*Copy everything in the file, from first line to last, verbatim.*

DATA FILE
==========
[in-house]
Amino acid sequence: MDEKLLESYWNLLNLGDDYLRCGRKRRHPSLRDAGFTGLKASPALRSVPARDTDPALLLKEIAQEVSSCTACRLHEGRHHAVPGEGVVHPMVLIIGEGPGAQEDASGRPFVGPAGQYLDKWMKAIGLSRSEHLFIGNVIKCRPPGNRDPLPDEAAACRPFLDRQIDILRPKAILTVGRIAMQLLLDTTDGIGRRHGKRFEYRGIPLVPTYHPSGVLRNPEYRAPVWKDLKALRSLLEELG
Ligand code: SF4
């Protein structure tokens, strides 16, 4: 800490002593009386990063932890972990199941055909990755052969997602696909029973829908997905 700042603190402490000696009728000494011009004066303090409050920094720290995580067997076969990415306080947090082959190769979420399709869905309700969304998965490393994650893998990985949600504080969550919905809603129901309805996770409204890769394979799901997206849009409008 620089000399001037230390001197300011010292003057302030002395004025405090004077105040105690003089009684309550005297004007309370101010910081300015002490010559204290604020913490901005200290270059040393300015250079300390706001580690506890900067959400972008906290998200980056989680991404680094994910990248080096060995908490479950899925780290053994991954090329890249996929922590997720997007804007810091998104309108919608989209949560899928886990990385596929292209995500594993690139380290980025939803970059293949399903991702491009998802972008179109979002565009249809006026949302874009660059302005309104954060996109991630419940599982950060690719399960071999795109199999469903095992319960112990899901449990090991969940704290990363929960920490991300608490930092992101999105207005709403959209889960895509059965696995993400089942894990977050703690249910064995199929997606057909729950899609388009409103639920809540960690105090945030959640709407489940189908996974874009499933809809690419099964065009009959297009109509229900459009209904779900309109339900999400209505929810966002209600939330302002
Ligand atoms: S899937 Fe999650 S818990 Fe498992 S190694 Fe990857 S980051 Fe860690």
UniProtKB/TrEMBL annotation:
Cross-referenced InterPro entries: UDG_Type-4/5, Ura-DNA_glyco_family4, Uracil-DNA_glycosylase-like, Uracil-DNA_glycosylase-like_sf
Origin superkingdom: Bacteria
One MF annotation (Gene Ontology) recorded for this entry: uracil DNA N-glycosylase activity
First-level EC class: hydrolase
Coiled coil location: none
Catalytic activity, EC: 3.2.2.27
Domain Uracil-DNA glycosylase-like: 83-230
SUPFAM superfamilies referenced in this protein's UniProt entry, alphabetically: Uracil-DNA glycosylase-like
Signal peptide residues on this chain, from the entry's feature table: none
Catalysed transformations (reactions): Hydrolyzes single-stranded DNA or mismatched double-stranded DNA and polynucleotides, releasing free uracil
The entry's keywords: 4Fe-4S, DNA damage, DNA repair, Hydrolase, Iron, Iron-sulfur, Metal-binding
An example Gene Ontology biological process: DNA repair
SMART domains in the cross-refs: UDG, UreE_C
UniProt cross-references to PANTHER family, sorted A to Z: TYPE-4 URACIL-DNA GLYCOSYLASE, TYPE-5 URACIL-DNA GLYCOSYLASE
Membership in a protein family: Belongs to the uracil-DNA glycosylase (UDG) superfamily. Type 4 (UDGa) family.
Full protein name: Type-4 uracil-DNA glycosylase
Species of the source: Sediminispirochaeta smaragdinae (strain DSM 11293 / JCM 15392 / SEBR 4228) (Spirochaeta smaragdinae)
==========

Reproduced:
[in-house]
Amino acid sequence: MDEKLLESYWNLLNLGDDYLRCGRKRRHPSLRDAGFTGLKASPALRSVPARDTDPALLLKEIAQEVSSCTACRLHEGRHHAVPGEGVVHPMVLIIGEGPGAQEDASGRPFVGPAGQYLDKWMKAIGLSRSEHLFIGNVIKCRPPGNRDPLPDEAAACRPFLDRQIDILRPKAILTVGRIAMQLLLDTTDGIGRRHGKRFEYRGIPLVPTYHPSGVLRNPEYRAPVWKDLKALRSLLEELG
Ligand code: SF4
């Protein structure tokens, strides 16, 4: 800490002593009386990063932890972990199941055909990755052969997602696909029973829908997905 700042603190402490000696009728000494011009004066303090409050920094720290995580067997076969990415306080947090082959190769979420399709869905309700969304998965490393994650893998990985949600504080969550919905809603129901309805996770409204890769394979799901997206849009409008 620089000399001037230390001197300011010292003057302030002395004025405090004077105040105690003089009684309550005297004007309370101010910081300015002490010559204290604020913490901005200290270059040393300015250079300390706001580690506890900067959400972008906290998200980056989680991404680094994910990248080096060995908490479950899925780290053994991954090329890249996929922590997720997007804007810091998104309108919608989209949560899928886990990385596929292209995500594993690139380290980025939803970059293949399903991702491009998802972008179109979002565009249809006026949302874009660059302005309104954060996109991630419940599982950060690719399960071999795109199999469903095992319960112990899901449990090991969940704290990363929960920490991300608490930092992101999105207005709403959209889960895509059965696995993400089942894990977050703690249910064995199929997606057909729950899609388009409103639920809540960690105090945030959640709407489940189908996974874009499933809809690419099964065009009959297009109509229900459009209904779900309109339900999400209505929810966002209600939330302002
Ligand atoms: S899937 Fe999650 S818990 Fe498992 S190694 Fe990857 S980051 Fe860690």
UniProtKB/TrEMBL annotation:
Cross-referenced InterPro entries: UDG_Type-4/5, Ura-DNA_glyco_family4, Uracil-DNA_glycosylase-like, Uracil-DNA_glycosylase-like_sf
Origin superkingdom: Bacteria
One MF annotation (Gene Ontology) recorded for this entry: uracil DNA N-glycosylase activity
First-level EC class: hydrolase
Coiled coil location: none
Catalytic activity, EC: 3.2.2.27
Domain Uracil-DNA glycosylase-like: 83-230
SUPFAM superfamilies referenced in this protein's UniProt entry, alphabetically: Uracil-DNA glycosylase-like
Signal peptide residues on this chain, from the entry's feature table: none
Catalysed transformations (reactions): Hydrolyzes single-stranded DNA or mismatched double-stranded DNA and polynucleotides, releasing free uracil
The entry's keywords: 4Fe-4S, DNA damage, DNA repair, Hydrolase, Iron, Iron-sulfur, Metal-binding
An example Gene Ontology biological process: DNA repair
SMART domains in the cross-refs: UDG, UreE_C
UniProt cross-references to PANTHER family, sorted A to Z: TYPE-4 URACIL-DNA GLYCOSYLASE, TYPE-5 URACIL-DNA GLYCOSYLASE
Membership in a protein family: Belongs to the uracil-DNA glycosylase (UDG) superfamily. Type 4 (UDGa) family.
Full protein name: Type-4 uracil-DNA glycosylase
Species of the source: Sediminispirochaeta smaragdinae (strain DSM 11293 / JCM 15392 / SEBR 4228) (Spirochaeta smaragdinae)